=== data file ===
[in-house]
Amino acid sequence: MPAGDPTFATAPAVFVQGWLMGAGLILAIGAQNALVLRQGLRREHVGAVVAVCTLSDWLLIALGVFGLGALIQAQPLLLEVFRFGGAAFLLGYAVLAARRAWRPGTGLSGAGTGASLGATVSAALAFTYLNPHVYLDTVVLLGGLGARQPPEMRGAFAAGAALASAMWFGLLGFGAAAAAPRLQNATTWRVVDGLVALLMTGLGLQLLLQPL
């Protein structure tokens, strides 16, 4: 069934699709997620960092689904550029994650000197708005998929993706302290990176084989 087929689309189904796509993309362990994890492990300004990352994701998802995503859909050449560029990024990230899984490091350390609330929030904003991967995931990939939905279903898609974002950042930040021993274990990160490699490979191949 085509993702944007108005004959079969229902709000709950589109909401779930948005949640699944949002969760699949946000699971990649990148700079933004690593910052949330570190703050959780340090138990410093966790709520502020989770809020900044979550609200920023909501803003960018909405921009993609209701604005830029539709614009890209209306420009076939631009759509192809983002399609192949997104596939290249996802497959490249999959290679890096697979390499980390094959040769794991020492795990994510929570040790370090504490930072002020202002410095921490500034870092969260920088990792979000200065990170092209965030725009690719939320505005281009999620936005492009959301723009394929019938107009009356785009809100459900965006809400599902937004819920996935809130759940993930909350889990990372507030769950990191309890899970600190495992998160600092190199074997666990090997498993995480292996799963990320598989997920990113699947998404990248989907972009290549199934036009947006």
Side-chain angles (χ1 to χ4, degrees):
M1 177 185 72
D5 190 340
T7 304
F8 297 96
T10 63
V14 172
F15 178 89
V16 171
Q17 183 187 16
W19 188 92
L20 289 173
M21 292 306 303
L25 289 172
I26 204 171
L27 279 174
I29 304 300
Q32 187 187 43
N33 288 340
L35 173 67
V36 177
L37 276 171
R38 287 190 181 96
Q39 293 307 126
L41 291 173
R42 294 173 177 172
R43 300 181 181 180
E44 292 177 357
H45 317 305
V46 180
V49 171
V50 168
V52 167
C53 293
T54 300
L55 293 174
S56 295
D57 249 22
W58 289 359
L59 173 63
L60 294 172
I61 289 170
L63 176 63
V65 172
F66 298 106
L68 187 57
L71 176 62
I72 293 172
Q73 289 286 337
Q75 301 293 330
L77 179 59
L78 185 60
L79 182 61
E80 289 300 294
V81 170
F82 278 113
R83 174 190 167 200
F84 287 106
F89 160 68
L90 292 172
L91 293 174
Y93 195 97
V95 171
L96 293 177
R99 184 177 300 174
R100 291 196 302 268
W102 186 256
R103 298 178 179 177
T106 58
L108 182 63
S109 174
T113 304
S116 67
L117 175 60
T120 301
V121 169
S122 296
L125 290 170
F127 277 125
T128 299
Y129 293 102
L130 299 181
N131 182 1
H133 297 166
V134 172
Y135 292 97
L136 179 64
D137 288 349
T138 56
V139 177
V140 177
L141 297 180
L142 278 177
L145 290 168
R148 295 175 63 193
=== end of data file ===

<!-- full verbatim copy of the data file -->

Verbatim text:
[in-house]
Amino acid sequence: MPAGDPTFATAPAVFVQGWLMGAGLILAIGAQNALVLRQGLRREHVGAVVAVCTLSDWLLIALGVFGLGALIQAQPLLLEVFRFGGAAFLLGYAVLAARRAWRPGTGLSGAGTGASLGATVSAALAFTYLNPHVYLDTVVLLGGLGARQPPEMRGAFAAGAALASAMWFGLLGFGAAAAAPRLQNATTWRVVDGLVALLMTGLGLQLLLQPL
């Protein structure tokens, strides 16, 4: 069934699709997620960092689904550029994650000197708005998929993706302290990176084989 087929689309189904796509993309362990994890492990300004990352994701998802995503859909050449560029990024990230899984490091350390609330929030904003991967995931990939939905279903898609974002950042930040021993274990990160490699490979191949 085509993702944007108005004959079969229902709000709950589109909401779930948005949640699944949002969760699949946000699971990649990148700079933004690593910052949330570190703050959780340090138990410093966790709520502020989770809020900044979550609200920023909501803003960018909405921009993609209701604005830029539709614009890209209306420009076939631009759509192809983002399609192949997104596939290249996802497959490249999959290679890096697979390499980390094959040769794991020492795990994510929570040790370090504490930072002020202002410095921490500034870092969260920088990792979000200065990170092209965030725009690719939320505005281009999620936005492009959301723009394929019938107009009356785009809100459900965006809400599902937004819920996935809130759940993930909350889990990372507030769950990191309890899970600190495992998160600092190199074997666990090997498993995480292996799963990320598989997920990113699947998404990248989907972009290549199934036009947006």
Side-chain angles (χ1 to χ4, degrees):
M1 177 185 72
D5 190 340
T7 304
F8 297 96
T10 63
V14 172
F15 178 89
V16 171
Q17 183 187 16
W19 188 92
L20 289 173
M21 292 306 303
L25 289 172
I26 204 171
L27 279 174
I29 304 300
Q32 187 187 43
N33 288 340
L35 173 67
V36 177
L37 276 171
R38 287 190 181 96
Q39 293 307 126
L41 291 173
R42 294 173 177 172
R43 300 181 181 180
E44 292 177 357
H45 317 305
V46 180
V49 171
V50 168
V52 167
C53 293
T54 300
L55 293 174
S56 295
D57 249 22
W58 289 359
L59 173 63
L60 294 172
I61 289 170
L63 176 63
V65 172
F66 298 106
L68 187 57
L71 176 62
I72 293 172
Q73 289 286 337
Q75 301 293 330
L77 179 59
L78 185 60
L79 182 61
E80 289 300 294
V81 170
F82 278 113
R83 174 190 167 200
F84 287 106
F89 160 68
L90 292 172
L91 293 174
Y93 195 97
V95 171
L96 293 177
R99 184 177 300 174
R100 291 196 302 268
W102 186 256
R103 298 178 179 177
T106 58
L108 182 63
S109 174
T113 304
S116 67
L117 175 60
T120 301
V121 169
S122 296
L125 290 170
F127 277 125
T128 299
Y129 293 102
L130 299 181
N131 182 1
H133 297 166
V134 172
Y135 292 97
L136 179 64
D137 288 349
T138 56
V139 177
V140 177
L141 297 180
L142 278 177
L145 290 168
R148 295 175 63 193